If my little summary there was right, then I don't think there's any more further questions.

9. Jun 23, 2006

### Byrgg

Oh, also I guess it's worth bringing back(from my old thread), about
log_b (x) and b^x being inverses...

It was said that the equation $$b^{log_b(x)}=x$$ was precisely saying log_b (x) and b^x were inverses...

You would prove that statement by using the method I showed before right? Or is there something else I forgot?

Here's the method...

let y = $log_b (x)$, and y = $b^x$ by composing the inverses you get:

g(f(x)) = x = $b^{log_b(x)}$

Right?

Basically, I'm curious as to why exactly you say they are inverses in the first place, is it because of the definition?

10. Jun 23, 2006

### 0rthodontist

You can just take the log base b of both sides. That will save you the trouble of thinking about it, unless you're trying to work from first principles.

11. Jun 23, 2006

### Byrgg

Yeah I already know that way, and yes, I was trying to work from first principles, sort of... Was I right, or does something need correcting?

12. Jun 23, 2006

### Hootenanny

Staff Emeritus
Basically yes, they are inverses because they are defined as such. This is like asking why is arcsine the inverse of sine.

13. Jun 23, 2006

### Byrgg

Ok, and from that knowledge, you can use the method I showed(and learned here in the first place) to prove the equation(composing the inverses)?

14. Jun 24, 2006

### arunbg

Yes Byrgg, I think you have got it .
Also it is worthwhile to note that
$$log_b(b^x)=x$$
This highlights the property of invertible functions.

15. Jun 24, 2006

### Byrgg

Yeah I noticed that too, and I guess it's also worth mentioning how easy it is to see the compostion of inverses here...

b^x = f(x)
log_b (x) = g(x)

so obviously those two relationships simply show the subbing of inverses into each other, which also equals x, right?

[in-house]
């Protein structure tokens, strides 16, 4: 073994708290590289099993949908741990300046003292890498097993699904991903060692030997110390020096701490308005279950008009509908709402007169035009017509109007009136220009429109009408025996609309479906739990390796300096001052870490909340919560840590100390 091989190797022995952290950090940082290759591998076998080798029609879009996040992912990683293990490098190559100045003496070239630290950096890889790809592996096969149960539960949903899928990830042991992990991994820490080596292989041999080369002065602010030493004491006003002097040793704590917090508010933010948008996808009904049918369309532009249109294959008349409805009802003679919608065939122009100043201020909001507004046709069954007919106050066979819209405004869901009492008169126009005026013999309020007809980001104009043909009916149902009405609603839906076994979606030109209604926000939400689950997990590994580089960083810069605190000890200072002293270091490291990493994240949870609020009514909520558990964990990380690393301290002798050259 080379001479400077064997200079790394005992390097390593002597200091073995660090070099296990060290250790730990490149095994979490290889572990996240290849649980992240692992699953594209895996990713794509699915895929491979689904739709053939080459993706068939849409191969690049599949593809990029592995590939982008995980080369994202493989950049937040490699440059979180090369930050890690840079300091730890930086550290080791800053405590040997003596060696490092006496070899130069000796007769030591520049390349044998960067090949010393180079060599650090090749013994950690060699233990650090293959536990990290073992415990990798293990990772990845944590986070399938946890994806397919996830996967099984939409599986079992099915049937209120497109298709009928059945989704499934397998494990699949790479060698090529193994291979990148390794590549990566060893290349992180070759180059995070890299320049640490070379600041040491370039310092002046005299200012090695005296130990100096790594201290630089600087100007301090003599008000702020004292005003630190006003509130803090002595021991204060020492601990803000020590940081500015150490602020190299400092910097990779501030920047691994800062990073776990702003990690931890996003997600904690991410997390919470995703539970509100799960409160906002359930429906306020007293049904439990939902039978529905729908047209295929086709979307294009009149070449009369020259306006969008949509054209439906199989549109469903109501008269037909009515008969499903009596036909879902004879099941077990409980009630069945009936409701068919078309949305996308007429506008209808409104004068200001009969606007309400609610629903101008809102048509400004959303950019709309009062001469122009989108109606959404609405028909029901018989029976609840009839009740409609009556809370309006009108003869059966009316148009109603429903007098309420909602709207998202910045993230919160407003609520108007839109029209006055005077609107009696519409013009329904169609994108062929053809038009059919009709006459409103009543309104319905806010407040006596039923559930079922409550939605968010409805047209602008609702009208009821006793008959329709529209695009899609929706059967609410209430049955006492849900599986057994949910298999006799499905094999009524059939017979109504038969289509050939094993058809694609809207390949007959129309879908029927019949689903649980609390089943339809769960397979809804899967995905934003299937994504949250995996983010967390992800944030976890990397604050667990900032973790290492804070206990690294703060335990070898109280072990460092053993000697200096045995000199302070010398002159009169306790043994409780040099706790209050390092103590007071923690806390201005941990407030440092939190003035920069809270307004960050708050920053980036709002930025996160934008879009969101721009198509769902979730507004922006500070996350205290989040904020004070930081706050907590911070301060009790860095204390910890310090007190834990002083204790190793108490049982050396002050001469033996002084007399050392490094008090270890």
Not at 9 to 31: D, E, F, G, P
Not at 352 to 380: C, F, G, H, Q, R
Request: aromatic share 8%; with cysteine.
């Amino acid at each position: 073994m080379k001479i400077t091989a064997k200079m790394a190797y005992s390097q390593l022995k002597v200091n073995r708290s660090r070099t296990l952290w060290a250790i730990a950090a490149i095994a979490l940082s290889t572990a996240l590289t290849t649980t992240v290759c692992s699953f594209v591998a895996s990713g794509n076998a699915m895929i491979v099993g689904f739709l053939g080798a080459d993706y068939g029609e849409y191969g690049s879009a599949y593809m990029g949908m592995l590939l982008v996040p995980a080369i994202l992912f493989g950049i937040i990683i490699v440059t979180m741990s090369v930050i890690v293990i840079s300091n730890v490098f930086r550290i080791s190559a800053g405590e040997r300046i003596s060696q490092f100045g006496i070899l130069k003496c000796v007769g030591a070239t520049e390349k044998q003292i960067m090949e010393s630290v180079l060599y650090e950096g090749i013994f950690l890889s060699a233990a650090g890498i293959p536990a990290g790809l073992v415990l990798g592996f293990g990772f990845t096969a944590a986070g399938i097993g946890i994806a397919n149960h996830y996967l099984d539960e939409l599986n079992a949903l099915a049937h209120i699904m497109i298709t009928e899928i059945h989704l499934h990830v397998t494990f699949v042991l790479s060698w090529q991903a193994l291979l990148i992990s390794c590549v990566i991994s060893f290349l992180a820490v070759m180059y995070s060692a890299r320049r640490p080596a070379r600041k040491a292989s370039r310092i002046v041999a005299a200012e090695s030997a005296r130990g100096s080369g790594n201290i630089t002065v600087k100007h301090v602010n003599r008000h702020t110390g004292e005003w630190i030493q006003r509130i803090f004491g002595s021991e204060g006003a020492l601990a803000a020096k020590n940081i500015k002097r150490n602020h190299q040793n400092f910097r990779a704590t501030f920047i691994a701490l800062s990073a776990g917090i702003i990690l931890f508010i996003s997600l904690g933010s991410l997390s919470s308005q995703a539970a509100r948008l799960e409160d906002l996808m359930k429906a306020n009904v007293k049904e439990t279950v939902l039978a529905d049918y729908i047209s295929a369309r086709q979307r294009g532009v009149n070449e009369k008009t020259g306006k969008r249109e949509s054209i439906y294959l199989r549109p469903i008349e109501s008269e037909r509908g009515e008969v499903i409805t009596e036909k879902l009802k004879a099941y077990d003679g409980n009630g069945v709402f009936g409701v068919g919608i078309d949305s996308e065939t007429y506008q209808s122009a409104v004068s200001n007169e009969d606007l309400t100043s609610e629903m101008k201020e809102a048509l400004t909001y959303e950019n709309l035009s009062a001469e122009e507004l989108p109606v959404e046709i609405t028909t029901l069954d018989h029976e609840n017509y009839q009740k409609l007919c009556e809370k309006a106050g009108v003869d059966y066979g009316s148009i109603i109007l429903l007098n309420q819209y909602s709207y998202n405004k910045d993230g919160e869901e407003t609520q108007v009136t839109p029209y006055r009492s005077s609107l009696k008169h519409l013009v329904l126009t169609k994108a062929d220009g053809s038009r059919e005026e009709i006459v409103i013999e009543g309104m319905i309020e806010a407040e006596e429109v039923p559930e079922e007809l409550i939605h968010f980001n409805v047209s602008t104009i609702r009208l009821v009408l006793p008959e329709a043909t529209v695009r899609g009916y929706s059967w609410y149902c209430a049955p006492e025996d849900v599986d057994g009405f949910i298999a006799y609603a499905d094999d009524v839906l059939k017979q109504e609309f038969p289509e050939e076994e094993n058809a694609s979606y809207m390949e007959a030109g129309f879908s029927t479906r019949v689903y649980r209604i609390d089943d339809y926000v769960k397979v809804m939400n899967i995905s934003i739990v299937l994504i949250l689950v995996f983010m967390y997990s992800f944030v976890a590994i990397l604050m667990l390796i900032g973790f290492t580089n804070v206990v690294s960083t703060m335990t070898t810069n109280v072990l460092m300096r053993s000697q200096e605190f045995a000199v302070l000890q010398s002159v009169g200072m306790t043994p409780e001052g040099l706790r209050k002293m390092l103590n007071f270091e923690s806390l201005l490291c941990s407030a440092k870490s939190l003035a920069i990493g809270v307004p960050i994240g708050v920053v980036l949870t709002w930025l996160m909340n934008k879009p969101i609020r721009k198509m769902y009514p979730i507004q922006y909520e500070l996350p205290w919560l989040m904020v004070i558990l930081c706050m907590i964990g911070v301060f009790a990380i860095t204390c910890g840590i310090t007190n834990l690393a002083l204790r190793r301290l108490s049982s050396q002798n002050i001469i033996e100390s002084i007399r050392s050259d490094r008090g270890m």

16. Jun 24, 2006

### Hootenanny

Staff Emeritus
Yes, they are both functions of x and inverses of each other, so if one forms a composite function, either fg(x) or gf(x), then the result in this case simply x.

17. Jun 24, 2006

### nrqed

Yes.

If we use the notation $f^{-1}$ for the inverse of a function, then, by definition,
$$f ( f^{-1}(x)) = f^{-1}(f(x)) = x$$

It's actually a bit tricky because one must be very careful about the domains and images of the function and inverse functions and that may mess up things sometimes (for example, $\ln(e^{-2}) =-2$ but $e^{\ln(-2)}$ is clearly not defined. Or taking an inverse sin has multiple solutions).

18. Jun 24, 2006

### Byrgg

I don't know, the one thing I think that still bugs me is exactly how you can look at $b^{log_b (x)} = x$ and simply automatically say that $log_b$ and $b^x$ are inverses... Since you can't really tell what the exponent of b was prior to substitution...

19. Jun 24, 2006

### arildno

An exponential function is a strictly increasing function. With that, you may prove that there exists an inverse function.

20. Jun 24, 2006

### Hootenanny

Staff Emeritus
Let me ask you a question how can you just look at ArcCos(Cos(x)) = x and simply automatically say that ArcCos and Cos are inverses?